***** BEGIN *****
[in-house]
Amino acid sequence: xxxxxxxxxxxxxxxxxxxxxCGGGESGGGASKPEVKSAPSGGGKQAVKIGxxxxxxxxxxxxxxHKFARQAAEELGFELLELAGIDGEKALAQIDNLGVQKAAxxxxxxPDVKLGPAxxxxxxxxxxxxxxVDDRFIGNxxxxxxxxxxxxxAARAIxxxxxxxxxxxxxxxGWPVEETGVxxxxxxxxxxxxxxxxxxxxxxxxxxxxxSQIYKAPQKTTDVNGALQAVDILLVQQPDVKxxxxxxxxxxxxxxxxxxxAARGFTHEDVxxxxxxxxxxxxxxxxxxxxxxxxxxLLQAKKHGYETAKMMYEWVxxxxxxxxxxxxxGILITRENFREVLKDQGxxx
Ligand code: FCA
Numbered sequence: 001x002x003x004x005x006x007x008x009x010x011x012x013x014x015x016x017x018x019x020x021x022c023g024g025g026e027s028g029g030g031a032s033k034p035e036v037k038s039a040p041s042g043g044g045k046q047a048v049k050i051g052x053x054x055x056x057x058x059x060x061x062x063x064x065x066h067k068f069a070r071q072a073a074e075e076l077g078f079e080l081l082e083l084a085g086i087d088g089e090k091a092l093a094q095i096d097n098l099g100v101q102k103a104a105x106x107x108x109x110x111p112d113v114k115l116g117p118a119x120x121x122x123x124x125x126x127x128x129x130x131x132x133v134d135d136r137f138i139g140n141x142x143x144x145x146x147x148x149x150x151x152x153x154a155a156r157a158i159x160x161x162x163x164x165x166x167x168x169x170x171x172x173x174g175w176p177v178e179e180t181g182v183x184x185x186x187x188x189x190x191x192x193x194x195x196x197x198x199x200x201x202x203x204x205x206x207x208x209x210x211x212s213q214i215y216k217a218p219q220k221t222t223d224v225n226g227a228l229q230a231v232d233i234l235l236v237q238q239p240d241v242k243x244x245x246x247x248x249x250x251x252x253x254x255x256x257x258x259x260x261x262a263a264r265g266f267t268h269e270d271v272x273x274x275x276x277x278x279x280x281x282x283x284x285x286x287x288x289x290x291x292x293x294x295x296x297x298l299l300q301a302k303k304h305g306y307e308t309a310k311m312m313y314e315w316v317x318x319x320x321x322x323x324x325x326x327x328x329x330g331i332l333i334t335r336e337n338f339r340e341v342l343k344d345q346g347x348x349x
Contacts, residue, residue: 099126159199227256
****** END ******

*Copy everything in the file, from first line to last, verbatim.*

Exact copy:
[in-house]
Amino acid sequence: xxxxxxxxxxxxxxxxxxxxxCGGGESGGGASKPEVKSAPSGGGKQAVKIGxxxxxxxxxxxxxxHKFARQAAEELGFELLELAGIDGEKALAQIDNLGVQKAAxxxxxxPDVKLGPAxxxxxxxxxxxxxxVDDRFIGNxxxxxxxxxxxxxAARAIxxxxxxxxxxxxxxxGWPVEETGVxxxxxxxxxxxxxxxxxxxxxxxxxxxxxSQIYKAPQKTTDVNGALQAVDILLVQQPDVKxxxxxxxxxxxxxxxxxxxAARGFTHEDVxxxxxxxxxxxxxxxxxxxxxxxxxxLLQAKKHGYETAKMMYEWVxxxxxxxxxxxxxGILITRENFREVLKDQGxxx
Ligand code: FCA
Numbered sequence: 001x002x003x004x005x006x007x008x009x010x011x012x013x014x015x016x017x018x019x020x021x022c023g024g025g026e027s028g029g030g031a032s033k034p035e036v037k038s039a040p041s042g043g044g045k046q047a048v049k050i051g052x053x054x055x056x057x058x059x060x061x062x063x064x065x066h067k068f069a070r071q072a073a074e075e076l077g078f079e080l081l082e083l084a085g086i087d088g089e090k091a092l093a094q095i096d097n098l099g100v101q102k103a104a105x106x107x108x109x110x111p112d113v114k115l116g117p118a119x120x121x122x123x124x125x126x127x128x129x130x131x132x133v134d135d136r137f138i139g140n141x142x143x144x145x146x147x148x149x150x151x152x153x154a155a156r157a158i159x160x161x162x163x164x165x166x167x168x169x170x171x172x173x174g175w176p177v178e179e180t181g182v183x184x185x186x187x188x189x190x191x192x193x194x195x196x197x198x199x200x201x202x203x204x205x206x207x208x209x210x211x212s213q214i215y216k217a218p219q220k221t222t223d224v225n226g227a228l229q230a231v232d233i234l235l236v237q238q239p240d241v242k243x244x245x246x247x248x249x250x251x252x253x254x255x256x257x258x259x260x261x262a263a264r265g266f267t268h269e270d271v272x273x274x275x276x277x278x279x280x281x282x283x284x285x286x287x288x289x290x291x292x293x294x295x296x297x298l299l300q301a302k303k304h305g306y307e308t309a310k311m312m313y314e315w316v317x318x319x320x321x322x323x324x325x326x327x328x329x330g331i332l333i334t335r336e337n338f339r340e341v342l343k344d345q346g347x348x349x
Contacts, residue, residue: 099126159199227256